Yet, it wasn't all success. In fact, the success was rather rudimentary and had no real lasting significance. While I would write for the Teen Community section on AOL, I spent most of my time in the section of the service dedicated to writers and writing. I had access in those old forums to many experienced and helpful professionals. There was also a section where writers could find opportunities -- anthologies in need of manuscripts, magazines in need of freelancers, and content for these new-fangled websites. One such advertisement asked for inspirational stories. I don't remember how I did it -- this was on AOL's service, not the web -- but I directed the poster to my articles on AOL and my published clips and waited for a response.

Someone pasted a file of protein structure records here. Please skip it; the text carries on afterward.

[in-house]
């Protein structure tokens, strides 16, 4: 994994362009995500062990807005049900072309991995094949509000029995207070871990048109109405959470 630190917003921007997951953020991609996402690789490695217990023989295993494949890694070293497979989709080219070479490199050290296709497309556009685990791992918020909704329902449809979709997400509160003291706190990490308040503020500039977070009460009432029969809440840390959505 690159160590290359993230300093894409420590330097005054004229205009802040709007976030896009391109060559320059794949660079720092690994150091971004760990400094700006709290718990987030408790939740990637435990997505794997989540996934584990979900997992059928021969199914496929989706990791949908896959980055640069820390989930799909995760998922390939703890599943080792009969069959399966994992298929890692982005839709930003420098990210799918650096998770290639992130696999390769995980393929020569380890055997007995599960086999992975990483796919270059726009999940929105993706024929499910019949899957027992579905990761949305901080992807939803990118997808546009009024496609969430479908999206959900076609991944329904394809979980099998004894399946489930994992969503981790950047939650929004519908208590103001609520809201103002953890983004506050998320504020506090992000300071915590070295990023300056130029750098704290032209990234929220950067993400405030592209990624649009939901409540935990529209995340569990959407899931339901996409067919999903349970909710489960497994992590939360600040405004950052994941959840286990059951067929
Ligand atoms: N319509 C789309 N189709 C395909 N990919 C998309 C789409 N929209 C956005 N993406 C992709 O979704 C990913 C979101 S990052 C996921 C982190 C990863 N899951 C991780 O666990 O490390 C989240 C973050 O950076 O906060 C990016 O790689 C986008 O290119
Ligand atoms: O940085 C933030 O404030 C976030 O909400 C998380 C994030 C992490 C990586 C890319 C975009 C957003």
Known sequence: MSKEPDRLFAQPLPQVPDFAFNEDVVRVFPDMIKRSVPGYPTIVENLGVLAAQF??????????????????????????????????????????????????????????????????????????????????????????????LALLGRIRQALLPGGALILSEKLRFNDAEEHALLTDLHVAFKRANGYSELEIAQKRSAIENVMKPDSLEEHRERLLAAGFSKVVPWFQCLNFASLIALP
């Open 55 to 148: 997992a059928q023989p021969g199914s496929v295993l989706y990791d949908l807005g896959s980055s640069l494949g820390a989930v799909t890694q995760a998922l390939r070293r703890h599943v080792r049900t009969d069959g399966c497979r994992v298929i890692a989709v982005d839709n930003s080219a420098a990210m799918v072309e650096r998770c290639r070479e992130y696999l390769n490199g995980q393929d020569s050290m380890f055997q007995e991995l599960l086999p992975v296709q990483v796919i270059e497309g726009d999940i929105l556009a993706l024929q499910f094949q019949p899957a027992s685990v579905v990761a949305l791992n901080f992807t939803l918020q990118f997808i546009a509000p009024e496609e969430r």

I was in high-school at the time, tenth- or eleventh-grade, and the mid-term exam was legendary for being a real bastard to pass and failure resulted in extra homework for the rest of the year. Also, doing well on the exam meant the possibility of skipping the final. I avoided the internet for a week or ten days, perhaps I was a focused student or barred from using the computer for my sass-mouth or skipping on some chores. When I returned to my e-mail, I was behind on everything. I owed AOL two columns and had a bunch of other writing to do and as I scrolled through my e-mail, I saw that the editors of the anthology had gotten back to me. They liked my work and wanted me to submit something. I had just spoken to a longtime professional in Journalism who had advised me to "never write for free." So, I attempted to negotiate with the editors. I wanted cash I could spend on a CD or a video game or some youthful bullshit. So when they responded by saying they would be willing to negotiate a back-end royalty, I decided that my plate was far too full for such fly-by-night nonsense.
A year later, Chicken Soup for the Soul took over the world.